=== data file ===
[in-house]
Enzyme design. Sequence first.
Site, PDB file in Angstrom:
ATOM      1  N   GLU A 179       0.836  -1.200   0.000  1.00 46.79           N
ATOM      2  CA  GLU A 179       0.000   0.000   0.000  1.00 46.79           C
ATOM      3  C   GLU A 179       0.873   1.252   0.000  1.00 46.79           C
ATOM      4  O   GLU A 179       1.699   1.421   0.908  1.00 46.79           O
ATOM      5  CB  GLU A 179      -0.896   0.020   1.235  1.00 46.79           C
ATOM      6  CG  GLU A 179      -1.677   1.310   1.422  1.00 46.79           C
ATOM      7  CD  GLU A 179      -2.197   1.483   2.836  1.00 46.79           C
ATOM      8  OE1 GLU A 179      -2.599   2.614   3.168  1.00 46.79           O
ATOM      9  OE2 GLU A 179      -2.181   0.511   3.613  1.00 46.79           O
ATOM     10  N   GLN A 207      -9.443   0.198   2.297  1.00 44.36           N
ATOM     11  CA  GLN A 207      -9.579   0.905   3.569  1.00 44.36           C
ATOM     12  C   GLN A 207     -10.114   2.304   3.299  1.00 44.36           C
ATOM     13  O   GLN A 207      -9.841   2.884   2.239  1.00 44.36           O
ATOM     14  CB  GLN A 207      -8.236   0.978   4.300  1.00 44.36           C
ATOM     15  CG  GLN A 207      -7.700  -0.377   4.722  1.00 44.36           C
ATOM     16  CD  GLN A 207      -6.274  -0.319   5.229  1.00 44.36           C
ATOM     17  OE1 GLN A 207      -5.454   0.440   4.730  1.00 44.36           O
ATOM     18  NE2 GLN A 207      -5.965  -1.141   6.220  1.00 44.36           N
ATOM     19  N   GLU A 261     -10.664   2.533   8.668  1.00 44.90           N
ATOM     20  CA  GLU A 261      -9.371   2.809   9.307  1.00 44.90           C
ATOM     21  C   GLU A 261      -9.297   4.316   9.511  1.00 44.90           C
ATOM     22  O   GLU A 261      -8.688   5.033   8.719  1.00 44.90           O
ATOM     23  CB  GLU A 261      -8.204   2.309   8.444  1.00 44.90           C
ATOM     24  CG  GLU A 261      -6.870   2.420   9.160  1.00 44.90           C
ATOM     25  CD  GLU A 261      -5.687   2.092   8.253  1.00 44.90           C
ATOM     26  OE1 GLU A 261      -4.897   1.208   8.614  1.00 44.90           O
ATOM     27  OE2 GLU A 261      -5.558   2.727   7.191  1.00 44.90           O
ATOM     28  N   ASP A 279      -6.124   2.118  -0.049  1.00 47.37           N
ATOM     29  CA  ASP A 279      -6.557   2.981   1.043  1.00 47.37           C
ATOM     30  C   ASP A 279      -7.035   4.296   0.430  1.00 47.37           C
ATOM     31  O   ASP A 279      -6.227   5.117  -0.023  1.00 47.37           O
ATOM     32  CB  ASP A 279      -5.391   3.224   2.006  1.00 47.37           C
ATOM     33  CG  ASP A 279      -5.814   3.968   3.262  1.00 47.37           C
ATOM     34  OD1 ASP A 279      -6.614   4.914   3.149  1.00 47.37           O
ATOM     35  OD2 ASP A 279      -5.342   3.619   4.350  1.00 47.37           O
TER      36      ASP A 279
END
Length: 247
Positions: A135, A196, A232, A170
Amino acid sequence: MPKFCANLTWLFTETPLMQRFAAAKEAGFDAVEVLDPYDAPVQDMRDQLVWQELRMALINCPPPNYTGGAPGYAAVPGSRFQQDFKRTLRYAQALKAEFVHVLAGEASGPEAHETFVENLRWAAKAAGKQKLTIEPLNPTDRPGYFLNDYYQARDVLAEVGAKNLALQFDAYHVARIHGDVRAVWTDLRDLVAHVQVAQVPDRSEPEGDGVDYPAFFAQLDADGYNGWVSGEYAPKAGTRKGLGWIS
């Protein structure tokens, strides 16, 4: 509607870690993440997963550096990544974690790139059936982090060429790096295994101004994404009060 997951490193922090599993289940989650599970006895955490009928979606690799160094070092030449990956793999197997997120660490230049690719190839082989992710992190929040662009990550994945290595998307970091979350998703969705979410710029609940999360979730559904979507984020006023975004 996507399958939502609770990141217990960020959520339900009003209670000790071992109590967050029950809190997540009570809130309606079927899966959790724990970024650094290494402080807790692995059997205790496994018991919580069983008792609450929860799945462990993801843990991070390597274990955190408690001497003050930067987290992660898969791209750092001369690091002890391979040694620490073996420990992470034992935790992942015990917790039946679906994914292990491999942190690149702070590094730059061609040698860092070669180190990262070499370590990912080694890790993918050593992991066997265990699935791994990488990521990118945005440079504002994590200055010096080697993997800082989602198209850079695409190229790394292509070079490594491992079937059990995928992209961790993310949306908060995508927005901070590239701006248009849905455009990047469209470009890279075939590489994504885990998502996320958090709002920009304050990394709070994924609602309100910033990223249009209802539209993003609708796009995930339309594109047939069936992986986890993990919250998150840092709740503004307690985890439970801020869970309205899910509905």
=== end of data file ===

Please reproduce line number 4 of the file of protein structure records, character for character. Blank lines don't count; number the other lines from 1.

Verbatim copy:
ATOM      1  N   GLU A 179       0.836  -1.200   0.000  1.00 46.79           N